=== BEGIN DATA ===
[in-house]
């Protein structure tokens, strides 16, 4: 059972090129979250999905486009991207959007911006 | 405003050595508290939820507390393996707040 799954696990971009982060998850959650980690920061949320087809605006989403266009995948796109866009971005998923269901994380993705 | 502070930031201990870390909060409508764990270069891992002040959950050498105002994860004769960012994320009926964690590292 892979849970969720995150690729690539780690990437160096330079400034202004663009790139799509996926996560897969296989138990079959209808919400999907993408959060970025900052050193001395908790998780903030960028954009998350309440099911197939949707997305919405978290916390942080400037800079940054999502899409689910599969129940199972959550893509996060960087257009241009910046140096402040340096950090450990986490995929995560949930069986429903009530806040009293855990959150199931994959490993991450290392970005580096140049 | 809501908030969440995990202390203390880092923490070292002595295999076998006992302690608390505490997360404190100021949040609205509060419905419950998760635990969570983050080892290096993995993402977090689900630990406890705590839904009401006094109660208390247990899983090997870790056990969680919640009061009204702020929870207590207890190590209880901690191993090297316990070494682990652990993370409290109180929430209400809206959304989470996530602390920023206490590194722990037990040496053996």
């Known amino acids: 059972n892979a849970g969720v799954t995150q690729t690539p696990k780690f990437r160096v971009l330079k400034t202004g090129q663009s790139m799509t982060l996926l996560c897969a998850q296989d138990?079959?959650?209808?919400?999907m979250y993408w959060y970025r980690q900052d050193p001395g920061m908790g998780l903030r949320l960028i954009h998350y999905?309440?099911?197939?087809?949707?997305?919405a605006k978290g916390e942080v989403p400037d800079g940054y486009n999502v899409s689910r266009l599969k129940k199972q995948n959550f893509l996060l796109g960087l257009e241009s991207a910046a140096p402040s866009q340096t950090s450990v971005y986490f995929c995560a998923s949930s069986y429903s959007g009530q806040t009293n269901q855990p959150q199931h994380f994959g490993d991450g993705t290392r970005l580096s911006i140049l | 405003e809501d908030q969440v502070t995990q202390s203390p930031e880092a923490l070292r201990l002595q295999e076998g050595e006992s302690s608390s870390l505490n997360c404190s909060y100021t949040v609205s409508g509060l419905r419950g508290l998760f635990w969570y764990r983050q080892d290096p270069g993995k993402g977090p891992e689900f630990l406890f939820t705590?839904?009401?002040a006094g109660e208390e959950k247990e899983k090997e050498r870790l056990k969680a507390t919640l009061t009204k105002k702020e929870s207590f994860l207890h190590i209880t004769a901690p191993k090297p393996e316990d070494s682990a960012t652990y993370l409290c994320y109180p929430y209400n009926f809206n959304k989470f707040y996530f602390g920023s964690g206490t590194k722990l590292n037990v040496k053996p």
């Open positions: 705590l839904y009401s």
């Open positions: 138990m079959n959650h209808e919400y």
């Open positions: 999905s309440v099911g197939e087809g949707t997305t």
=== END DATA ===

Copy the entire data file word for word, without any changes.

[in-house]
């Protein structure tokens, strides 16, 4: 059972090129979250999905486009991207959007911006 | 405003050595508290939820507390393996707040 799954696990971009982060998850959650980690920061949320087809605006989403266009995948796109866009971005998923269901994380993705 | 502070930031201990870390909060409508764990270069891992002040959950050498105002994860004769960012994320009926964690590292 892979849970969720995150690729690539780690990437160096330079400034202004663009790139799509996926996560897969296989138990079959209808919400999907993408959060970025900052050193001395908790998780903030960028954009998350309440099911197939949707997305919405978290916390942080400037800079940054999502899409689910599969129940199972959550893509996060960087257009241009910046140096402040340096950090450990986490995929995560949930069986429903009530806040009293855990959150199931994959490993991450290392970005580096140049 | 809501908030969440995990202390203390880092923490070292002595295999076998006992302690608390505490997360404190100021949040609205509060419905419950998760635990969570983050080892290096993995993402977090689900630990406890705590839904009401006094109660208390247990899983090997870790056990969680919640009061009204702020929870207590207890190590209880901690191993090297316990070494682990652990993370409290109180929430209400809206959304989470996530602390920023206490590194722990037990040496053996």
């Known amino acids: 059972n892979a849970g969720v799954t995150q690729t690539p696990k780690f990437r160096v971009l330079k400034t202004g090129q663009s790139m799509t982060l996926l996560c897969a998850q296989d138990?079959?959650?209808?919400?999907m979250y993408w959060y970025r980690q900052d050193p001395g920061m908790g998780l903030r949320l960028i954009h998350y999905?309440?099911?197939?087809?949707?997305?919405a605006k978290g916390e942080v989403p400037d800079g940054y486009n999502v899409s689910r266009l599969k129940k199972q995948n959550f893509l996060l796109g960087l257009e241009s991207a910046a140096p402040s866009q340096t950090s450990v971005y986490f995929c995560a998923s949930s069986y429903s959007g009530q806040t009293n269901q855990p959150q199931h994380f994959g490993d991450g993705t290392r970005l580096s911006i140049l | 405003e809501d908030q969440v502070t995990q202390s203390p930031e880092a923490l070292r201990l002595q295999e076998g050595e006992s302690s608390s870390l505490n997360c404190s909060y100021t949040v609205s409508g509060l419905r419950g508290l998760f635990w969570y764990r983050q080892d290096p270069g993995k993402g977090p891992e689900f630990l406890f939820t705590?839904?009401?002040a006094g109660e208390e959950k247990e899983k090997e050498r870790l056990k969680a507390t919640l009061t009204k105002k702020e929870s207590f994860l207890h190590i209880t004769a901690p191993k090297p393996e316990d070494s682990a960012t652990y993370l409290c994320y109180p929430y209400n009926f809206n959304k989470f707040y996530f602390g920023s964690g206490t590194k722990l590292n037990v040496k053996p």
């Open positions: 705590l839904y009401s």
């Open positions: 138990m079959n959650h209808e919400y």
């Open positions: 999905s309440v099911g197939e087809g949707t997305t």